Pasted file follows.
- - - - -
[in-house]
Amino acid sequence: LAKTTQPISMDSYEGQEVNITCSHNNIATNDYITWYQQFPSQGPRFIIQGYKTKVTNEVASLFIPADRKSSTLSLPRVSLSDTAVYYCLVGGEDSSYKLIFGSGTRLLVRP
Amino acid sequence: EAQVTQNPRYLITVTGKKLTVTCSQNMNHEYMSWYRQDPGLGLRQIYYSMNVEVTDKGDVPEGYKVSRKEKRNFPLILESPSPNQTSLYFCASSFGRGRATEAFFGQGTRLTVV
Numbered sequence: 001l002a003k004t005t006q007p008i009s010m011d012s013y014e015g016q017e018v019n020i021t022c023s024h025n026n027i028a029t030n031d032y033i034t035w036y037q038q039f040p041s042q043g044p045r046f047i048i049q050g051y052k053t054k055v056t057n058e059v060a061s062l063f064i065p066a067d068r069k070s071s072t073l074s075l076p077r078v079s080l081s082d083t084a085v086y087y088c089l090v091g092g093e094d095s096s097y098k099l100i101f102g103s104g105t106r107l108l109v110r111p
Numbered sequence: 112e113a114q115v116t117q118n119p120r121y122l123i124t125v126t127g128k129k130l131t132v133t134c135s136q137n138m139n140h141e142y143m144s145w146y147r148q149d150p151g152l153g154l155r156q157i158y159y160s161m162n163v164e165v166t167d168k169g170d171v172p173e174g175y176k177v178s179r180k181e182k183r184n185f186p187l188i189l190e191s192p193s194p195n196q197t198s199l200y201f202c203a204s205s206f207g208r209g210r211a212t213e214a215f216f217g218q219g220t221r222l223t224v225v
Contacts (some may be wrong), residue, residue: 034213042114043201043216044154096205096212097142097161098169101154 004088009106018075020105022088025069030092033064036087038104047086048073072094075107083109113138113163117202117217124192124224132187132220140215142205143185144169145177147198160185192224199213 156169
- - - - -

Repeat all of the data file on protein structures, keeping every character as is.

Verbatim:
[in-house]
Amino acid sequence: LAKTTQPISMDSYEGQEVNITCSHNNIATNDYITWYQQFPSQGPRFIIQGYKTKVTNEVASLFIPADRKSSTLSLPRVSLSDTAVYYCLVGGEDSSYKLIFGSGTRLLVRP
Amino acid sequence: EAQVTQNPRYLITVTGKKLTVTCSQNMNHEYMSWYRQDPGLGLRQIYYSMNVEVTDKGDVPEGYKVSRKEKRNFPLILESPSPNQTSLYFCASSFGRGRATEAFFGQGTRLTVV
Numbered sequence: 001l002a003k004t005t006q007p008i009s010m011d012s013y014e015g016q017e018v019n020i021t022c023s024h025n026n027i028a029t030n031d032y033i034t035w036y037q038q039f040p041s042q043g044p045r046f047i048i049q050g051y052k053t054k055v056t057n058e059v060a061s062l063f064i065p066a067d068r069k070s071s072t073l074s075l076p077r078v079s080l081s082d083t084a085v086y087y088c089l090v091g092g093e094d095s096s097y098k099l100i101f102g103s104g105t106r107l108l109v110r111p
Numbered sequence: 112e113a114q115v116t117q118n119p120r121y122l123i124t125v126t127g128k129k130l131t132v133t134c135s136q137n138m139n140h141e142y143m144s145w146y147r148q149d150p151g152l153g154l155r156q157i158y159y160s161m162n163v164e165v166t167d168k169g170d171v172p173e174g175y176k177v178s179r180k181e182k183r184n185f186p187l188i189l190e191s192p193s194p195n196q197t198s199l200y201f202c203a204s205s206f207g208r209g210r211a212t213e214a215f216f217g218q219g220t221r222l223t224v225v
Contacts (some may be wrong), residue, residue: 034213042114043201043216044154096205096212097142097161098169101154 004088009106018075020105022088025069030092033064036087038104047086048073072094075107083109113138113163117202117217124192124224132187132220140215142205143185144169145177147198160185192224199213 156169